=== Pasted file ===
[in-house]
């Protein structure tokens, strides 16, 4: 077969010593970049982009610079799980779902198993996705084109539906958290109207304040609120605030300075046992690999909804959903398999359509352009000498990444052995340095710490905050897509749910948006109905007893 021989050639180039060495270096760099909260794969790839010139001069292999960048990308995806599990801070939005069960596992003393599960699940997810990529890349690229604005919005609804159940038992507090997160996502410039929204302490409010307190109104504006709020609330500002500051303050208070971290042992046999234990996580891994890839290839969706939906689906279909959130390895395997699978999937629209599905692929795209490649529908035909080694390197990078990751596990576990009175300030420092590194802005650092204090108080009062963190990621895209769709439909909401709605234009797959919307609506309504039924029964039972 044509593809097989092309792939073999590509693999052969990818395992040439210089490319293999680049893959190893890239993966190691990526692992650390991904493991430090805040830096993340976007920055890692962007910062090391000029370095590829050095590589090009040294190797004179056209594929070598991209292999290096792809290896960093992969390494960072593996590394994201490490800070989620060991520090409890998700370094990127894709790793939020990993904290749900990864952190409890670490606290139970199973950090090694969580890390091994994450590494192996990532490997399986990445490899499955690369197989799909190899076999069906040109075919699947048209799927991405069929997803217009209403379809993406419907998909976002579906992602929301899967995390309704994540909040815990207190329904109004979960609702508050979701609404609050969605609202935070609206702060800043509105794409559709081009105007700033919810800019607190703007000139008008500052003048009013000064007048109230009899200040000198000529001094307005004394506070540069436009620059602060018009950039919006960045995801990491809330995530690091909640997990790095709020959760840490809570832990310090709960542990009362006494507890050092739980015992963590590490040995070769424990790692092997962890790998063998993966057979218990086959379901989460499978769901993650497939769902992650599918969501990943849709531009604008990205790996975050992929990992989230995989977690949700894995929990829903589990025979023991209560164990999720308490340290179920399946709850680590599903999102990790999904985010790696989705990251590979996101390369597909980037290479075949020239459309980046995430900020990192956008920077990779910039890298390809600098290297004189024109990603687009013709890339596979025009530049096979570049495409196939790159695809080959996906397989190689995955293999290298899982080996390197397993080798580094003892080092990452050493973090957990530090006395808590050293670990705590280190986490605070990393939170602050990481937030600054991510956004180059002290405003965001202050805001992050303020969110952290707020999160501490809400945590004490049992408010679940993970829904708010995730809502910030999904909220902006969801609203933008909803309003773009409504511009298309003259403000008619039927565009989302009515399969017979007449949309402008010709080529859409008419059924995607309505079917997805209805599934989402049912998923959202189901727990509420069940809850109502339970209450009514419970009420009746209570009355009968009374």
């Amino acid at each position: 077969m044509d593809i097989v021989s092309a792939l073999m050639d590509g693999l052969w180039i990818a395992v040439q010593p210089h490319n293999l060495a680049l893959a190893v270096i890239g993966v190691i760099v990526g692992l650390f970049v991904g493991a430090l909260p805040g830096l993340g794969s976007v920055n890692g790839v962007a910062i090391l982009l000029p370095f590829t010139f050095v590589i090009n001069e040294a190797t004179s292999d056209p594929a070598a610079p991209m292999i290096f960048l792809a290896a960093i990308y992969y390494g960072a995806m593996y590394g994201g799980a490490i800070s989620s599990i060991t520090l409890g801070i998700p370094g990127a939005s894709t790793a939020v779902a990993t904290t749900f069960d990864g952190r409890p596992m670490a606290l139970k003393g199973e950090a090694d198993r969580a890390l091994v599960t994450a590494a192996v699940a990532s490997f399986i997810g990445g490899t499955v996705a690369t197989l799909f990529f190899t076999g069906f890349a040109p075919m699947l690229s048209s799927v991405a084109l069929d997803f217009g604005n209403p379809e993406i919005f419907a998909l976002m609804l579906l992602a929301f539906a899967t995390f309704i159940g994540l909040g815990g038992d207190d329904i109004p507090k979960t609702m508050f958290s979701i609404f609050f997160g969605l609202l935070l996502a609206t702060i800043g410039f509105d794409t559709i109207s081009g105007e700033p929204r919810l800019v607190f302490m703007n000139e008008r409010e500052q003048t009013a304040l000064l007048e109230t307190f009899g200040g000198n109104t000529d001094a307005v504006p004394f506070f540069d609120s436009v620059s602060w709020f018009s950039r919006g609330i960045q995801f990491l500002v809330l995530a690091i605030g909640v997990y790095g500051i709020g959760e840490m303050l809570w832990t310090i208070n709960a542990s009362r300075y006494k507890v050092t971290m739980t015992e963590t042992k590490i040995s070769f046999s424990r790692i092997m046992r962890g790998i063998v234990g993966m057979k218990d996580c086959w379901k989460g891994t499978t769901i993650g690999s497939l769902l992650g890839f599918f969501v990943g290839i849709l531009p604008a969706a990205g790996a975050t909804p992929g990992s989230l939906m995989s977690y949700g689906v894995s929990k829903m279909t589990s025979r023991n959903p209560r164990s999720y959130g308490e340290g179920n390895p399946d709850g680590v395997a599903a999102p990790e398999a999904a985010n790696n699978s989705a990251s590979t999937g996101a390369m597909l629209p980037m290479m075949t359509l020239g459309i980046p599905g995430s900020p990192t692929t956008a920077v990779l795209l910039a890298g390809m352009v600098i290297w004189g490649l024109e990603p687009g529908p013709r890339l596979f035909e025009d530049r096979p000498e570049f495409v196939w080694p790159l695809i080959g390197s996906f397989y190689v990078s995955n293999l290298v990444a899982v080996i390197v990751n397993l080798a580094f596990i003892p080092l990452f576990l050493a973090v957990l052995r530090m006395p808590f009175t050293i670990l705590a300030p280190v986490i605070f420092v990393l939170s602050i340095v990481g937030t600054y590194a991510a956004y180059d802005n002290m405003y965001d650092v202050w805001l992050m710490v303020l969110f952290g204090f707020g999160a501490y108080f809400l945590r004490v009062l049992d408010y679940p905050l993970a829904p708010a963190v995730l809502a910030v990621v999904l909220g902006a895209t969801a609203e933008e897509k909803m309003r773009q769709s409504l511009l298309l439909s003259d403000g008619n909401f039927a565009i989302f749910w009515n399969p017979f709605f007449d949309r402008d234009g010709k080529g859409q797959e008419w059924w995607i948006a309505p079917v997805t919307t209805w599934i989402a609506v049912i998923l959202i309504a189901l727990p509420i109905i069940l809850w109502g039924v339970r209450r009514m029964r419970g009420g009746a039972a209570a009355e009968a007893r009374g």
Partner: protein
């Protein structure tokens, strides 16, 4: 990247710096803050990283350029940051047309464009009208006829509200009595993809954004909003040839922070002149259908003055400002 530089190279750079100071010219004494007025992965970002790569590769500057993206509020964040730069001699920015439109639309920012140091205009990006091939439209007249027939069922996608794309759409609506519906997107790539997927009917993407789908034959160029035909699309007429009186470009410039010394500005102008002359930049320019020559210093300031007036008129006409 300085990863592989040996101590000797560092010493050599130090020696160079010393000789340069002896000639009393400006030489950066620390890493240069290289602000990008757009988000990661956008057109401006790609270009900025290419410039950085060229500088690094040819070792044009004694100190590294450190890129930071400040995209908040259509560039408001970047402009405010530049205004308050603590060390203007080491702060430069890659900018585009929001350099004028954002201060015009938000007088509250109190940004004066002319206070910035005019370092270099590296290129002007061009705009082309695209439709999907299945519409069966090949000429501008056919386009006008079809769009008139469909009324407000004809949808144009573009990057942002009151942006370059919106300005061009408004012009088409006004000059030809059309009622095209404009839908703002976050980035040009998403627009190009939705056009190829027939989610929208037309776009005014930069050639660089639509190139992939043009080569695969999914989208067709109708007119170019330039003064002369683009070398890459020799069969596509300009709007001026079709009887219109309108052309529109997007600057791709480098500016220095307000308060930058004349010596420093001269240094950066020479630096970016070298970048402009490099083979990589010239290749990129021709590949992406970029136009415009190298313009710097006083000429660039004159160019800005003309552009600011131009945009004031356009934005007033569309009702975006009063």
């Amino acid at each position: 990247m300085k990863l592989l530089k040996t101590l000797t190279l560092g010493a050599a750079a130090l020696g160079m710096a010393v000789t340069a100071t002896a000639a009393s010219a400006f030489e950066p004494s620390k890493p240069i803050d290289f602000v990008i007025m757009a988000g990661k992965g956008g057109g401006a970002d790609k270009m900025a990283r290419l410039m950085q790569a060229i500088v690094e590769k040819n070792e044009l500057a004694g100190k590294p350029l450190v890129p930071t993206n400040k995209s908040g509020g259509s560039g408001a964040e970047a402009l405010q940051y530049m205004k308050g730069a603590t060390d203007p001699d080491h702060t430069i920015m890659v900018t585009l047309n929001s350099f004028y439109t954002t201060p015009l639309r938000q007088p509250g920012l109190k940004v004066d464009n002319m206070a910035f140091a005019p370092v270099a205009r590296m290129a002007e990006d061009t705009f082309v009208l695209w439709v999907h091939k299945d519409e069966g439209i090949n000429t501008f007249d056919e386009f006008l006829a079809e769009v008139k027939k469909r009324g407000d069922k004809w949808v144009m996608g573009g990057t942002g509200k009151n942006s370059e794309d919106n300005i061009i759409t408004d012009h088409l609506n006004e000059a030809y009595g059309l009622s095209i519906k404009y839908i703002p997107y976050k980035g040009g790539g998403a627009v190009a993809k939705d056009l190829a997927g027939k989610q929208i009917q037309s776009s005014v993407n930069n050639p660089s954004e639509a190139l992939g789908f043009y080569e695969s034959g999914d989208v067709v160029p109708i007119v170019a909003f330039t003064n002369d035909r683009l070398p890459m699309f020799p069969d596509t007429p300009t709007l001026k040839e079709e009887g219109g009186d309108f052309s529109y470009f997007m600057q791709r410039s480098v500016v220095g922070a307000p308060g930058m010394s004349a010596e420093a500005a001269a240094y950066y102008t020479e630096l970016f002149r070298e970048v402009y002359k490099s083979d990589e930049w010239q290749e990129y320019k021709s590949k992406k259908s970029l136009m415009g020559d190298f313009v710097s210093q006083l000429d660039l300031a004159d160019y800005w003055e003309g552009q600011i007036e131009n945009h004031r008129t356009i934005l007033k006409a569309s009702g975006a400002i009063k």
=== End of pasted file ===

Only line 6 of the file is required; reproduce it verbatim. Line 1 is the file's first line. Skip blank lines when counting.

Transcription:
């Amino acid at each position: 990247m300085k990863l592989l530089k040996t101590l000797t190279l560092g010493a050599a750079a130090l020696g160079m710096a010393v000789t340069a100071t002896a000639a009393s010219a400006f030489e950066p004494s620390k890493p240069i803050d290289f602000v990008i007025m757009a988000g990661k992965g956008g057109g401006a970002d790609k270009m900025a990283r290419l410039m950085q790569a060229i500088v690094e590769k040819n070792e044009l500057a004694g100190k590294p350029l450190v890129p930071t993206n400040k995209s908040g509020g259509s560039g408001a964040e970047a402009l405010q940051y530049m205004k308050g730069a603590t060390d203007p001699d080491h702060t430069i920015m890659v900018t585009l047309n929001s350099f004028y439109t954002t201060p015009l639309r938000q007088p509250g920012l109190k940004v004066d464009n002319m206070a910035f140091a005019p370092v270099a205009r590296m290129a002007e990006d061009t705009f082309v009208l695209w439709v999907h091939k299945d519409e069966g439209i090949n000429t501008f007249d056919e386009f006008l006829a079809e769009v008139k027939k469909r009324g407000d069922k004809w949808v144009m996608g573009g990057t942002g509200k009151n942006s370059e794309d919106n300005i061009i759409t408004d012009h088409l609506n006004e000059a030809y009595g059309l009622s095209i519906k404009y839908i703002p997107y976050k980035g040009g790539g998403a627009v190009a993809k939705d056009l190829a997927g027939k989610q929208i009917q037309s776009s005014v993407n930069n050639p660089s954004e639509a190139l992939g789908f043009y080569e695969s034959g999914d989208v067709v160029p109708i007119v170019a909003f330039t003064n002369d035909r683009l070398p890459m699309f020799p069969d596509t007429p300009t709007l001026k040839e079709e009887g219109g009186d309108f052309s529109y470009f997007m600057q791709r410039s480098v500016v220095g922070a307000p308060g930058m010394s004349a010596e420093a500005a001269a240094y950066y102008t020479e630096l970016f002149r070298e970048v402009y002359k490099s083979d990589e930049w010239q290749e990129y320019k021709s590949k992406k259908s970029l136009m415009g020559d190298f313009v710097s210093q006083l000429d660039l300031a004159d160019y800005w003055e003309g552009q600011i007036e131009n945009h004031r008129t356009i934005l007033k006409a569309s009702g975006a400002i009063k």